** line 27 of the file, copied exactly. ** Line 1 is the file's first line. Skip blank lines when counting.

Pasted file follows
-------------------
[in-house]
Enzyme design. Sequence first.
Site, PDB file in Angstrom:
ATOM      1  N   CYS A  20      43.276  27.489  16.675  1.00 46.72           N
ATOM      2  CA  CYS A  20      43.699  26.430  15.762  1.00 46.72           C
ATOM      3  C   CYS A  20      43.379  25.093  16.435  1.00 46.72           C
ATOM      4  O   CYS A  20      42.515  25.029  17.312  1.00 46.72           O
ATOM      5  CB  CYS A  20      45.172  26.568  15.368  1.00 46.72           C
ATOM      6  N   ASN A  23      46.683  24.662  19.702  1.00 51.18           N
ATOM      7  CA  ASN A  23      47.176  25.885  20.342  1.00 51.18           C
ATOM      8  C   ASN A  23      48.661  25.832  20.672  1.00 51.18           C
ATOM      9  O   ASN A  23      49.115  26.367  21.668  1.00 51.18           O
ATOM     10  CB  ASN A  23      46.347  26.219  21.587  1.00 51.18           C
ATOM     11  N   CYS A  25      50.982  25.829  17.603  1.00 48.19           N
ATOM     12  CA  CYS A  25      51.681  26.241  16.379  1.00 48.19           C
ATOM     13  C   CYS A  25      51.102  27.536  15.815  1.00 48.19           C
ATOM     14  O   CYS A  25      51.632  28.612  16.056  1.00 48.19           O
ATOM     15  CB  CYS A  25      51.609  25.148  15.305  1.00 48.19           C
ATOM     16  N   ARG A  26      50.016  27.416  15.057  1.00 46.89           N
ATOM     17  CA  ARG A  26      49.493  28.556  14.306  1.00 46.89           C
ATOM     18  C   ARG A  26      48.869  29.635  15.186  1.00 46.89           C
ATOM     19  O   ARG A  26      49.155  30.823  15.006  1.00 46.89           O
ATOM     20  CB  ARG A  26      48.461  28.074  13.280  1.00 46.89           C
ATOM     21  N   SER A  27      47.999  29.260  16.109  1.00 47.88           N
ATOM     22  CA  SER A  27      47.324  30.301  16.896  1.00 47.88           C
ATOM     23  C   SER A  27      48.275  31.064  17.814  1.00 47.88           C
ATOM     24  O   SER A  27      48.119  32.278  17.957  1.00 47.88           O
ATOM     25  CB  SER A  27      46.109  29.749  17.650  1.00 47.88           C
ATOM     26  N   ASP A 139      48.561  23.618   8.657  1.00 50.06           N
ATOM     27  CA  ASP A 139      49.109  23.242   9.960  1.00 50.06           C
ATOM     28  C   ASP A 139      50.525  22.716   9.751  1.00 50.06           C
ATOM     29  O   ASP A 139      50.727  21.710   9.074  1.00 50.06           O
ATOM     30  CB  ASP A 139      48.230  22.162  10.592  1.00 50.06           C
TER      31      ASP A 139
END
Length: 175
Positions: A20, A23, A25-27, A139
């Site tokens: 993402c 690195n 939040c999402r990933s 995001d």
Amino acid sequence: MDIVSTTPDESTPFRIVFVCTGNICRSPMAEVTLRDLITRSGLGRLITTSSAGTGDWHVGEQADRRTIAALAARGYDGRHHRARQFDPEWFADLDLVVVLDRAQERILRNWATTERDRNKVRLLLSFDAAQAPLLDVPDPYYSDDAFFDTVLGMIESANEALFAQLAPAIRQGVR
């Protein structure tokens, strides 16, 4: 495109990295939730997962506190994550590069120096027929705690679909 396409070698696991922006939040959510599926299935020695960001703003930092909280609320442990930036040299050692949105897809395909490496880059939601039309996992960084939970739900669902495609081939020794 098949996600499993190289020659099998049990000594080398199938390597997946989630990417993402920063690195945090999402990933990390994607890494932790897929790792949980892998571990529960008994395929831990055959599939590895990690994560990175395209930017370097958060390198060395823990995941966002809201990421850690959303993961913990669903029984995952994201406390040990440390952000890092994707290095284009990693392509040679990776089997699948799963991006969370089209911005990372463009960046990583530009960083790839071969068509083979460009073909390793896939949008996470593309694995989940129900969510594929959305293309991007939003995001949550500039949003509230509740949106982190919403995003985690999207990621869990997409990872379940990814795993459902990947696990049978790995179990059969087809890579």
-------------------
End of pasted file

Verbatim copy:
ATOM     24  O   SER A  27      48.119  32.278  17.957  1.00 47.88           O